The company has become the first to demonstrate that a drug targeting the NaV1.8 sodium channel is more effective than placebo at reducing pain in proof-of-concept studies, paving the way for larger studies that could be used to support regulatory filings.
Vertex candidate, called VX-548, outperformed placebo in two trials involving post-surgery patients, one group undergoing a tummy tuck or abdominoplasty procedure and another having surgery to remove a bunion from the foot.
In both trials, VX-548 given at an initial does of 100mg followed by 50mg every 12 hours resulted in a statistically significant improvement in the primary endpoint of the studies the time-weighted Sum of Pain Intensity Difference over 48 hours (SPID48) scale which Vertex said was clinically meaningful.
The drug also seemed to be well-tolerated, with fewer patients discontinuing treatment with VX-548 than either the placebo group or a comparison arm treated with conventional opioids.
If successful in pivotal trials due to start later this year, Vertex could be in pole position to claim one of the holy grails in drug development a new painkiller free of the side effects and risk of addiction that accompanies the use of opioid analgesics that has fuelled an epidemic of overdose deaths.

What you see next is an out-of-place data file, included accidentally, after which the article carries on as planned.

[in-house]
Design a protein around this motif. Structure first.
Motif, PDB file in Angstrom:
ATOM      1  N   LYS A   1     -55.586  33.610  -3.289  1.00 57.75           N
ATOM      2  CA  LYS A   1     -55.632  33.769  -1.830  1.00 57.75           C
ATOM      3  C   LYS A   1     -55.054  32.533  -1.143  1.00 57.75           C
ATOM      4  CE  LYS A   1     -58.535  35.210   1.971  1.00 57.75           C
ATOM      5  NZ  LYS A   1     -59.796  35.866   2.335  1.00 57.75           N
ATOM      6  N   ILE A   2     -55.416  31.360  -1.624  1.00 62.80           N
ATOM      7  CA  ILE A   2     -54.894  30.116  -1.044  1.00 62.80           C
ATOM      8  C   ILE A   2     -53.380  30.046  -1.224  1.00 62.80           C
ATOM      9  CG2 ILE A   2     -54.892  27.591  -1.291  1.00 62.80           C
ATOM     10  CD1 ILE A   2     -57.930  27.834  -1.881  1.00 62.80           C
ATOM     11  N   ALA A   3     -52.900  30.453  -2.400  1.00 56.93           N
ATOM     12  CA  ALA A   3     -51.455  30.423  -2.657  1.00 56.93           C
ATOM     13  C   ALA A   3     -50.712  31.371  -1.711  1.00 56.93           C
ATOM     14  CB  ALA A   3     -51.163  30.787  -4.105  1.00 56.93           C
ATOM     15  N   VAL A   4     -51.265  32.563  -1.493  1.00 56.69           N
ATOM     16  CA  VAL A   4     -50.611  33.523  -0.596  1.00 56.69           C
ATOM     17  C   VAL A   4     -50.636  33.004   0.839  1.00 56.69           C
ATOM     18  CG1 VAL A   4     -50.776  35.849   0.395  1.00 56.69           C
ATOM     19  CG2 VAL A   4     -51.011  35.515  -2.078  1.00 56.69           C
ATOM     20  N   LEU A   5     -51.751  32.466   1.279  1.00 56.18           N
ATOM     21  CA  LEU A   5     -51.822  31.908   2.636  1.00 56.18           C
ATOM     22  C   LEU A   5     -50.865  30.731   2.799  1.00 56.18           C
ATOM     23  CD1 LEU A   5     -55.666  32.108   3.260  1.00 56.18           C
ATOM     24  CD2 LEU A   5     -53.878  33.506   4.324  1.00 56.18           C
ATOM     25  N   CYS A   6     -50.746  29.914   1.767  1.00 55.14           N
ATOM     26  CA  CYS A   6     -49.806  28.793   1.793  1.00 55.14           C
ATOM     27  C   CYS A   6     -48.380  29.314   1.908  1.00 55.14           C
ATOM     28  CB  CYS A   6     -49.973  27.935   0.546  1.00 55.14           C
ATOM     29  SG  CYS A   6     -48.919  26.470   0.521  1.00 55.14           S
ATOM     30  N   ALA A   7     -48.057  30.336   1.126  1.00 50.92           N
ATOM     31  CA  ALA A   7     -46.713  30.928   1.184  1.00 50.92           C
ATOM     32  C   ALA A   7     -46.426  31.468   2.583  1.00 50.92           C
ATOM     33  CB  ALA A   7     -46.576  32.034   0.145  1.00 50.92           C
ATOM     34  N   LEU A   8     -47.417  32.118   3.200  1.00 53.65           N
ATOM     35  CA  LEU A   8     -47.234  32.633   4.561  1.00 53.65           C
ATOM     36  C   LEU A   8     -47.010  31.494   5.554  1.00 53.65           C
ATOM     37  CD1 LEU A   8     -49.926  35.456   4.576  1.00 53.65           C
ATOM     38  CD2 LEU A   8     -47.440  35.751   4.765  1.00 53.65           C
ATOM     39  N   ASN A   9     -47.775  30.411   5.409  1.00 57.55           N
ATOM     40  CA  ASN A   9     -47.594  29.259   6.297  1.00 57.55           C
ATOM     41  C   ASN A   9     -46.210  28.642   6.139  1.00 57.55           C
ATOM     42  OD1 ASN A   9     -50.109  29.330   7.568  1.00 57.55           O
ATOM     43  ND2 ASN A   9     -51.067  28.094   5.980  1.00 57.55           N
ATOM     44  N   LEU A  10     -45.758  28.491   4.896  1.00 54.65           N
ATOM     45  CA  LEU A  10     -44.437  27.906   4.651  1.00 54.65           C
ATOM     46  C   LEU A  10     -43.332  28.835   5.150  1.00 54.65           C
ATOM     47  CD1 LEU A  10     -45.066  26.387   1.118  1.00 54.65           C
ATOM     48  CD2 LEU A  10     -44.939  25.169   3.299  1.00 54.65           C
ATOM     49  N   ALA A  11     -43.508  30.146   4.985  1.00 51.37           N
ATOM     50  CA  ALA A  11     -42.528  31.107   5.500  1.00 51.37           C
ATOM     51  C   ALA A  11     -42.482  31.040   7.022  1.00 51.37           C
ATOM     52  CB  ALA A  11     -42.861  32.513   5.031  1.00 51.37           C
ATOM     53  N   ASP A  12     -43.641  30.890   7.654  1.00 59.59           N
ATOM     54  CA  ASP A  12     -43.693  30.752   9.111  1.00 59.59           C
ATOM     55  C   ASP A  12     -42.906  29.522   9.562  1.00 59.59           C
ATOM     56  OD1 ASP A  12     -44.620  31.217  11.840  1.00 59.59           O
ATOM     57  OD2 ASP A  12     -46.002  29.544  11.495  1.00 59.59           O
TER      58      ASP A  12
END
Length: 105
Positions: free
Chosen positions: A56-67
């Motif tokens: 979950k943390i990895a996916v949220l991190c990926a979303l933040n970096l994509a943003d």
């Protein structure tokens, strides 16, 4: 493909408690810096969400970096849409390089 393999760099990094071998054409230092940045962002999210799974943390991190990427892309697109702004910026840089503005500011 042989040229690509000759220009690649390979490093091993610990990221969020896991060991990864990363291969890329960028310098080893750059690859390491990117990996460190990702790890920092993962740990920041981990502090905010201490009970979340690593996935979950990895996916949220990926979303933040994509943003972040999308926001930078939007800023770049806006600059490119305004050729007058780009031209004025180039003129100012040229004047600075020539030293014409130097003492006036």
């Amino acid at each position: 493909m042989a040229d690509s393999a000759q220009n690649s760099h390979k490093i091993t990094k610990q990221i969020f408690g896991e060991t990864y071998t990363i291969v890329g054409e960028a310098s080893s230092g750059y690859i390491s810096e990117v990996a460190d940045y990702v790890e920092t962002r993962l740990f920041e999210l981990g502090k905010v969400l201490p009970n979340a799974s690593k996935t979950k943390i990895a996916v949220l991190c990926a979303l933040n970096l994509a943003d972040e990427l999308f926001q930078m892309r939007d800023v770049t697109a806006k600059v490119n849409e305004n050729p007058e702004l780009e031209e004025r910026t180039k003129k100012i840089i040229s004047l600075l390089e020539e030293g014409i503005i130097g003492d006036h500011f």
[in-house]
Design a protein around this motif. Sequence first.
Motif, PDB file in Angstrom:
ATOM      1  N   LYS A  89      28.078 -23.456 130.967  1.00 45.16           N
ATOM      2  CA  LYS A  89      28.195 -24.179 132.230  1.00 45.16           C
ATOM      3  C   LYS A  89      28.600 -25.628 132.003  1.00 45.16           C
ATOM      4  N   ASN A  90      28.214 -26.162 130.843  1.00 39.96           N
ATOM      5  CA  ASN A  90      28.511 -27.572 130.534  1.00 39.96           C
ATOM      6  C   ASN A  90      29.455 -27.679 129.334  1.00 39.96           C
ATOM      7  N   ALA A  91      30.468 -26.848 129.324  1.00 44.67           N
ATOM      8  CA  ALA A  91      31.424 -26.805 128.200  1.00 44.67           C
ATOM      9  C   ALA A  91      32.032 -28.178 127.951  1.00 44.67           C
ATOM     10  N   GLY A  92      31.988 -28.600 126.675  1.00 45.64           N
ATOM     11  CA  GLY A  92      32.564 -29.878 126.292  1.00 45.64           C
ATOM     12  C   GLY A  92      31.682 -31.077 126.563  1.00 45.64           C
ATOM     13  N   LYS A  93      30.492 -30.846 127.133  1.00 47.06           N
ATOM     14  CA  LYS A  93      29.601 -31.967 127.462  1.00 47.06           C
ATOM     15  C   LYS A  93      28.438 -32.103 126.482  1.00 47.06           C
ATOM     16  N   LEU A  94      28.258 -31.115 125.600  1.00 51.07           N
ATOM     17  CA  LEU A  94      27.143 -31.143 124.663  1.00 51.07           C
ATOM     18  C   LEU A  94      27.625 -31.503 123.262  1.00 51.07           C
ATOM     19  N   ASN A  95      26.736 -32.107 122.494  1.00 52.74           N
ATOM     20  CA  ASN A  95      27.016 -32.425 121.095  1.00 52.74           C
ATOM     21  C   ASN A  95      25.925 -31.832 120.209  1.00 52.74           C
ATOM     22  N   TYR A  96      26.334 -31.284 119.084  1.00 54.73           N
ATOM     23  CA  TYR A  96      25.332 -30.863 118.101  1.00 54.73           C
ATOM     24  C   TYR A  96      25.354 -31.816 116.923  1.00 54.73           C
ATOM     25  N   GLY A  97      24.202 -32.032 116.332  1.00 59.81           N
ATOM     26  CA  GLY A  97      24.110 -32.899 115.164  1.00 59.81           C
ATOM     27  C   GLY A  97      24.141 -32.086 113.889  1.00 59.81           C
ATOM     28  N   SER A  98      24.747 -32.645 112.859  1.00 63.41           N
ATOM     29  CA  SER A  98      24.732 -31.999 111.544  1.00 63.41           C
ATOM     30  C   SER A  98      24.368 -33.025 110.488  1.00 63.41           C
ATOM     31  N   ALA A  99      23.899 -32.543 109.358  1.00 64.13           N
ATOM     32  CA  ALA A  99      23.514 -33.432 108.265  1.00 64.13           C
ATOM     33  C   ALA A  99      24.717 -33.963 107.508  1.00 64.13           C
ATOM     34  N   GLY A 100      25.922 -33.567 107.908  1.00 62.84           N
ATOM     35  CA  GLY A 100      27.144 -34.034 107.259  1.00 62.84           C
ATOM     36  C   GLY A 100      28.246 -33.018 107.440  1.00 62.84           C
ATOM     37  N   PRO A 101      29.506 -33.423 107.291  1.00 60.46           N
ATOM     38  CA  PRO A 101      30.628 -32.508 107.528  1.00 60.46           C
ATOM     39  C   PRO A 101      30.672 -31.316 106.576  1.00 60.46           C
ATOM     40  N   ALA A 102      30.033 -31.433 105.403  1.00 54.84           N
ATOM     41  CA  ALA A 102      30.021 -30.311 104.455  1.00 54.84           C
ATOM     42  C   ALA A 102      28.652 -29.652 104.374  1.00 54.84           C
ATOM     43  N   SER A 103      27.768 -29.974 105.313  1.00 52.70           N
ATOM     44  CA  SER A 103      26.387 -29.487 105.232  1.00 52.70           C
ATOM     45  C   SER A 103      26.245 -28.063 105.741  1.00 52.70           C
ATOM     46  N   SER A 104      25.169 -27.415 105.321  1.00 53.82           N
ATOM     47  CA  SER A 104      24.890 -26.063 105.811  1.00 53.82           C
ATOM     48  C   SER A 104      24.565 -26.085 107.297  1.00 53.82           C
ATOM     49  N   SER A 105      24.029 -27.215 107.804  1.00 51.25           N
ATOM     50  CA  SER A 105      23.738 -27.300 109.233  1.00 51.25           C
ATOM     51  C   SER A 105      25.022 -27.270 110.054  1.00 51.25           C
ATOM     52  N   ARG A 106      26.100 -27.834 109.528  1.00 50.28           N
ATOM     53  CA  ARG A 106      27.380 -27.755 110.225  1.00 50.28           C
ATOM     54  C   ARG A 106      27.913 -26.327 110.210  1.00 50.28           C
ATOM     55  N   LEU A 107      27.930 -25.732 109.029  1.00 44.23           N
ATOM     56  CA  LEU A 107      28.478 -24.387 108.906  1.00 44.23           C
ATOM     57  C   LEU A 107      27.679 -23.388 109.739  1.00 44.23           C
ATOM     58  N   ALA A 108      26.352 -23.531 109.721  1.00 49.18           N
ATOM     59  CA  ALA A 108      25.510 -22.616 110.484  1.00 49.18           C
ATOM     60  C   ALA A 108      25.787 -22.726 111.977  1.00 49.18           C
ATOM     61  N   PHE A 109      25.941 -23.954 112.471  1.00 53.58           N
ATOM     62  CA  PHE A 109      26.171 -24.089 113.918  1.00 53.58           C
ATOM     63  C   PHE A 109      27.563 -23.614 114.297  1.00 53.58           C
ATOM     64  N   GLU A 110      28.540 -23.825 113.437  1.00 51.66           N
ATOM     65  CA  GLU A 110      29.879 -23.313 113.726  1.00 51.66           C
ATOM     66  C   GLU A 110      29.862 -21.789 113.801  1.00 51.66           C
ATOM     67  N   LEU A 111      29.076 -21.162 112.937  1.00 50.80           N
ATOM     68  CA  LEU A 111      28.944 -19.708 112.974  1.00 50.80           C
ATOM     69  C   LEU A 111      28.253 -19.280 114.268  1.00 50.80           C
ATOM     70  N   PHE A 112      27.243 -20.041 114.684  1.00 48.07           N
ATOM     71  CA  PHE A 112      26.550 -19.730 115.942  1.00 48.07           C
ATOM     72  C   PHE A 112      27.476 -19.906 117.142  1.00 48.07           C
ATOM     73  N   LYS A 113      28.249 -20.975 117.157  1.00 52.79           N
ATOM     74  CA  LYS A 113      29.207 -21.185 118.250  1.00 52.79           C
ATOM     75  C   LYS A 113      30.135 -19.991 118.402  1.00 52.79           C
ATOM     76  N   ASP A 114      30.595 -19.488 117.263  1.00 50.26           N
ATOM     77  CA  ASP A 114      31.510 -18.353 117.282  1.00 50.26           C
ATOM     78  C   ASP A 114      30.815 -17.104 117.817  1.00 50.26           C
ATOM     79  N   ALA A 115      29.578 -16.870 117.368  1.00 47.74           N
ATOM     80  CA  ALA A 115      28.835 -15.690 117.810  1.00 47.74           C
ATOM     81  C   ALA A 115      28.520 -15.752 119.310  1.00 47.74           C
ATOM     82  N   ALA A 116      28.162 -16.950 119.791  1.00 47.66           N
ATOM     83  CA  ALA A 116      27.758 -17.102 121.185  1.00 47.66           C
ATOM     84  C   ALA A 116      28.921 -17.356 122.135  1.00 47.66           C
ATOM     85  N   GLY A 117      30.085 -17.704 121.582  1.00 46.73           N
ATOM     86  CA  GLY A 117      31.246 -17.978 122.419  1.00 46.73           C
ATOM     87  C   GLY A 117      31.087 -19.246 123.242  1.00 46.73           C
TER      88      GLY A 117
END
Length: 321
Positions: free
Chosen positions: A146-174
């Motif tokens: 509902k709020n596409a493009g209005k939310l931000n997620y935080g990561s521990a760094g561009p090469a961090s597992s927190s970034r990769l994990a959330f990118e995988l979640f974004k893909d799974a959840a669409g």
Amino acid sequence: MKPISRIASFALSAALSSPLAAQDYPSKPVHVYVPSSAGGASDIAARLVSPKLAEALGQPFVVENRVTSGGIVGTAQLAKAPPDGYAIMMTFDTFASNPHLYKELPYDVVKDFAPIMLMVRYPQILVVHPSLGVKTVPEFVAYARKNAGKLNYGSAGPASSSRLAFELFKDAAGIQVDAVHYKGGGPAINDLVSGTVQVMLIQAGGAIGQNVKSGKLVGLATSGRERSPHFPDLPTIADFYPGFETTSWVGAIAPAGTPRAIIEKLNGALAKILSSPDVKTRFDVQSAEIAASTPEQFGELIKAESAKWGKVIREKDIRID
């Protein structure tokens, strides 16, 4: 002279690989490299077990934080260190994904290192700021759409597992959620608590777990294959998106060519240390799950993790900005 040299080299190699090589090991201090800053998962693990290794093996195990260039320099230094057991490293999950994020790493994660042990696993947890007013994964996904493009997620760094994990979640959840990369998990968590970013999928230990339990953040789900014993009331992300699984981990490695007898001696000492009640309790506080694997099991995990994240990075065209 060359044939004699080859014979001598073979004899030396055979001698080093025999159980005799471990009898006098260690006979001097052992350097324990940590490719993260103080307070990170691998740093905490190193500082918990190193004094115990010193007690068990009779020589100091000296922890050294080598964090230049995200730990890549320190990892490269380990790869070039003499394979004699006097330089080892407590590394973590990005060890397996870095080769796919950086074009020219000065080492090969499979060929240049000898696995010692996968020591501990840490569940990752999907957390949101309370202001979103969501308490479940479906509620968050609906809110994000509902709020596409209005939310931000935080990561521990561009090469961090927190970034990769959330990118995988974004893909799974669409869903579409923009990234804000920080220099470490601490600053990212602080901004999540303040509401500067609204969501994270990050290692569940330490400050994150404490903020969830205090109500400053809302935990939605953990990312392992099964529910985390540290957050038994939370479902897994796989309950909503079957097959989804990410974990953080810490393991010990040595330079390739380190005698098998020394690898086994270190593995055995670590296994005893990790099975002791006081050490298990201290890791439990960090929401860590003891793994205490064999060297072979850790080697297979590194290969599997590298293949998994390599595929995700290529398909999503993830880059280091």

Previously, the medicine that cam closest to achieving that objective was Pfizer and Eli Lillys nerve growth factor inhibitor tanezumab, which was filed for approval in 2020 but turned down by regulators in the US and Europe on safety concerns and what reviewers deemed to be limited efficacy.
Teva and Regeneron still have an iron in the NGF inhibitor fire with fasinumab, currently in late-stage testing in osteoarthritis, but expectations for the project are low given the challenges that have faced other drugs in the class.
Vertex focus on NaV1.8 is based on the sodium channels role in relaying pain signals to the spinal cord from peripheral nerves. Its potential as a target for pain relief drugs stems from research involving people with mutations that make NaV1.8 hyperactive, who experience painful peripheral neuropathies.
The company has been developing inhibitors to the sodium channel for years, and has previously abandoned other candidates including VX-961 and VX-150 because they were not selective enough for the target channel and inhibited others, leading to side effects.
VX-150 also showed activity in phase 2 before being abandoned because it required high doses to be effective, while VX-961 failed in phase 1 safety studies.
The new top-line data suggest that VX-548 has sidestepped the limitations of its predecessors, and is potentially at least on course to meet the massive demand for non-opioid painkillers, a market with multibillion-collar potential.